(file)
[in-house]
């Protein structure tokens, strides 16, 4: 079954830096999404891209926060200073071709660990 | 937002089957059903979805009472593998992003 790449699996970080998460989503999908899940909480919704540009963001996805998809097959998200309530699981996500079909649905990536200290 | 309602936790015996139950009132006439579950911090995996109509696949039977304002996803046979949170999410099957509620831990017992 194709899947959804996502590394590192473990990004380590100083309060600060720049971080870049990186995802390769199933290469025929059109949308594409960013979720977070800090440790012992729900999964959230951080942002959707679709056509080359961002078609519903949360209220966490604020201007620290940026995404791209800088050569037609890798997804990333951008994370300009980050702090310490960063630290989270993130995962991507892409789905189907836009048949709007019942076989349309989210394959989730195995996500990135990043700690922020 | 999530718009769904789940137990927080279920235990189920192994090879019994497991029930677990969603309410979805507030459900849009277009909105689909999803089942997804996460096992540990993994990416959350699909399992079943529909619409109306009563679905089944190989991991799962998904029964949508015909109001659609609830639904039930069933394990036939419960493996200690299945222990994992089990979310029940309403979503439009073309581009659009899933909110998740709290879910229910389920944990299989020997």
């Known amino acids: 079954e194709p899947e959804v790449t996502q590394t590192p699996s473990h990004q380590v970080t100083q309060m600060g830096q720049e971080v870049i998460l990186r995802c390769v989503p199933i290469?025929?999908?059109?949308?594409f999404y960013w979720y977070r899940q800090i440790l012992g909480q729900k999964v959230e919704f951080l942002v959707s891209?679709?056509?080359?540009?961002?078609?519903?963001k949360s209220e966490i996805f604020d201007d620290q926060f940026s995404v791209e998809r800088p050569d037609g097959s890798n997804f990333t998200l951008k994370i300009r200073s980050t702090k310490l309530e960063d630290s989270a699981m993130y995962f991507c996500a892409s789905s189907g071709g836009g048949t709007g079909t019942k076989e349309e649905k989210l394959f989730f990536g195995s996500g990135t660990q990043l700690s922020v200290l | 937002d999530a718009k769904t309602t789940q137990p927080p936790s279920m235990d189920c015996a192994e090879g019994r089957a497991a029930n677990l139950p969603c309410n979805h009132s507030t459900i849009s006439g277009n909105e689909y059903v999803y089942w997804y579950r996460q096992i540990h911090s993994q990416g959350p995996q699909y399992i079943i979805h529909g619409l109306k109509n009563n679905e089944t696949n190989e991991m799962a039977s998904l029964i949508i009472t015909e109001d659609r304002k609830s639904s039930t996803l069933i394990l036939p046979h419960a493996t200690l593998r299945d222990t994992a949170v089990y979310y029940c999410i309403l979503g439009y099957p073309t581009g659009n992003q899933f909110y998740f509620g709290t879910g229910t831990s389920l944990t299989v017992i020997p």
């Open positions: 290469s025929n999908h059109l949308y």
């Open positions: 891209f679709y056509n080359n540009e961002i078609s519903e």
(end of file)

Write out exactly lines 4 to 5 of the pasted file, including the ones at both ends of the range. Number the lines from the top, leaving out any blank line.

């Open positions: 290469s025929n999908h059109l949308y």
């Open positions: 891209f679709y056509n080359n540009e961002i078609s519903e």